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A confrontation between truck drivers and Universal Logistics, one of the largest trucking firms in southern California, has spilled into the port of Los Angeles.
On Monday, drivers started a strike, picketing a truck yard of Universal Logistics subsidiary Southern Counties Express in Compton, demanding the company reinstate drivers allegedly dismissed illegally and respect the right to unionise.
In addition, they called on management to negotiate ‘in good faith’ and stop classifying drivers as independent contractors.
The action was organised by major union the International Brotherhood of Teamsters.
Union port division director Ron Herrera said: “The Teamsters refuse to stand by as Universal Logistics Holdings-affiliated enterprises illegally fire unionised drivers and deliberately transfer their work to locations with drivers misclassified as independent contractors in order to keep making billions in profits off their backs, avoiding accountability.”
The strike comes just weeks after the National Labor Relations Board issued a complaint against Universal Logistics, claiming the company dismissed all drivers employed by its Universal Intermodal Services arm shortly after they had voted to become represented by the Teamsters union.
It says the firm then illegally transferred work from the newly unionised outfit to Southern Counties Express, which employs its drivers as independent contractors.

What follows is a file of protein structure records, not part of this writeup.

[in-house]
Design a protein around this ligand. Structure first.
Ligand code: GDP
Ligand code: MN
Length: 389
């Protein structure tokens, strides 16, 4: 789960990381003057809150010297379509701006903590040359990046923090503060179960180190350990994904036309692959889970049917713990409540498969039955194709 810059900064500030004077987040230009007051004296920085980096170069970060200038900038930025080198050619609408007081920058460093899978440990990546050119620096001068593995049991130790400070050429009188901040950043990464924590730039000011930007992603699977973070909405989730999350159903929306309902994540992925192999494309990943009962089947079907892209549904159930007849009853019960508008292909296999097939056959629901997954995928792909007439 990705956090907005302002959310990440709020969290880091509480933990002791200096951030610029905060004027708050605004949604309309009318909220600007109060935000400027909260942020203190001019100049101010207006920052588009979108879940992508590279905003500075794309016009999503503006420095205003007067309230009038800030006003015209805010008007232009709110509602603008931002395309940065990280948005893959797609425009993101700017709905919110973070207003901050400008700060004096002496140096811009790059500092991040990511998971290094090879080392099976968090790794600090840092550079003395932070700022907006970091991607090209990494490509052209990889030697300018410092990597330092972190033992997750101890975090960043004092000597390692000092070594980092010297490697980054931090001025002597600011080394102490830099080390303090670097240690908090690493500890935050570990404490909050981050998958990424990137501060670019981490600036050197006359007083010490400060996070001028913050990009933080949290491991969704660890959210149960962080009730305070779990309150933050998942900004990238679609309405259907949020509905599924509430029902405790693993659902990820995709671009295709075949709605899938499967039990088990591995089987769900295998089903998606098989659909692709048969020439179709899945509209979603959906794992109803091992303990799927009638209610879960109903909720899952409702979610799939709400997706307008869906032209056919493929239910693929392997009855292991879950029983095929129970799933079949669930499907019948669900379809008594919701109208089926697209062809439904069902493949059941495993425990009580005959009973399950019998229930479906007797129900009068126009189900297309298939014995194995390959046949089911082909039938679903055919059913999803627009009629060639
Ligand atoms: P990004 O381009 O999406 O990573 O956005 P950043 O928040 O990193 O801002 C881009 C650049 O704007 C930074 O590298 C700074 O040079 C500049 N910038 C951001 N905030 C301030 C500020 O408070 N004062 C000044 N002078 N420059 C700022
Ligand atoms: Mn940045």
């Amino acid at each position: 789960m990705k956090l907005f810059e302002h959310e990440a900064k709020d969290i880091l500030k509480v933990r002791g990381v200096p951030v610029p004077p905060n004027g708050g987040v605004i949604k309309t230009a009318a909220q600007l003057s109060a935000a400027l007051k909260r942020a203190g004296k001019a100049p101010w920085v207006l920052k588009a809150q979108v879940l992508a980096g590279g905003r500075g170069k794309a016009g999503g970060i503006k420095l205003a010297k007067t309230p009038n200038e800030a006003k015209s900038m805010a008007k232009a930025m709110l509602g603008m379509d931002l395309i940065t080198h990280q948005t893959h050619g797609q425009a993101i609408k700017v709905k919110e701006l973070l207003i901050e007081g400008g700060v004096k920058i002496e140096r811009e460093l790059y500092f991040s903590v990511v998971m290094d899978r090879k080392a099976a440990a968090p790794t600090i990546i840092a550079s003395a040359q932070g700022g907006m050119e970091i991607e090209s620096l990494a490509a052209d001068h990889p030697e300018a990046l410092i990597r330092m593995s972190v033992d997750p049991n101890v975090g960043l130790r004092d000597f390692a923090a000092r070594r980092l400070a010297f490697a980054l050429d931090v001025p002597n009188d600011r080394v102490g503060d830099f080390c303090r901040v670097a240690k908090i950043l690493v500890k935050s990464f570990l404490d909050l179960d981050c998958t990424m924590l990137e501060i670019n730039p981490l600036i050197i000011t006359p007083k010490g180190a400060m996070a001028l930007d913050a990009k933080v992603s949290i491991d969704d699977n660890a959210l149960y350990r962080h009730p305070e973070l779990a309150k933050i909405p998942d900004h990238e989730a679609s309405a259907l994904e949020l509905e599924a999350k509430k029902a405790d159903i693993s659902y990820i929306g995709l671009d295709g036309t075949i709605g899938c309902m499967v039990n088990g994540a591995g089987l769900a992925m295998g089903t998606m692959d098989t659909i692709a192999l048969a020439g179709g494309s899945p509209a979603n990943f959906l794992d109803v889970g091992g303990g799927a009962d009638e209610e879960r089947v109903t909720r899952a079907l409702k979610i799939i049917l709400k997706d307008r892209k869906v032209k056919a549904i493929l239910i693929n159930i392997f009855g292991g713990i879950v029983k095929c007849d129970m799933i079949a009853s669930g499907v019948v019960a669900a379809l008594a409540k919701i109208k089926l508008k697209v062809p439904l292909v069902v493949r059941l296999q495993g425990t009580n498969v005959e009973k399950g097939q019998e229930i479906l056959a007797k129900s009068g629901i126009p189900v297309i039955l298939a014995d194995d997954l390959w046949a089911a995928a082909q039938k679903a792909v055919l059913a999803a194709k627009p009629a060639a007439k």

Further, the complaint alleges that Universal also got rid of many drivers at its Roadrunner and Universal Truckload affiliates in retaliation against efforts to unionise in both outfits. The board’s complaint describes the operations of the affiliates of Universal Logistics as a single integrated business enterprise, constituting a ‘single employer’.
It also takes aim at the status of drivers at Southern Counties Express, arguing that they were misclassified as independent contractors, which denies them basic protection like sick leave, unemployment and health insurance.
The confrontation highlights other clashes over labour unionisation, which recently gained attention after Amazon workers voted on unionisation in Alabama, and battles over the classification of drivers as independent contractors.
Universal Logistics has not commented on the issue.
Yesterday, the clash between the company and organised labour spread to the port of Los Angeles, where members of the International Longshore and Warehouse Union sided with the drivers and declined to service trucks owned by Universal Logistics at one of the port’s terminals.
According to the port authority, that terminal experienced “minimal to moderate traffic disruption” as a result.
Faced with congestion stemming from a host of factors – delayed vessels, clogged-up docks and shortages of containers, chassis and rail cars – the last thing the ports of Los Angeles and Long Beach need now is a serious clash between employers and labour unions adding to the headaches of importers moving goods through the port complex.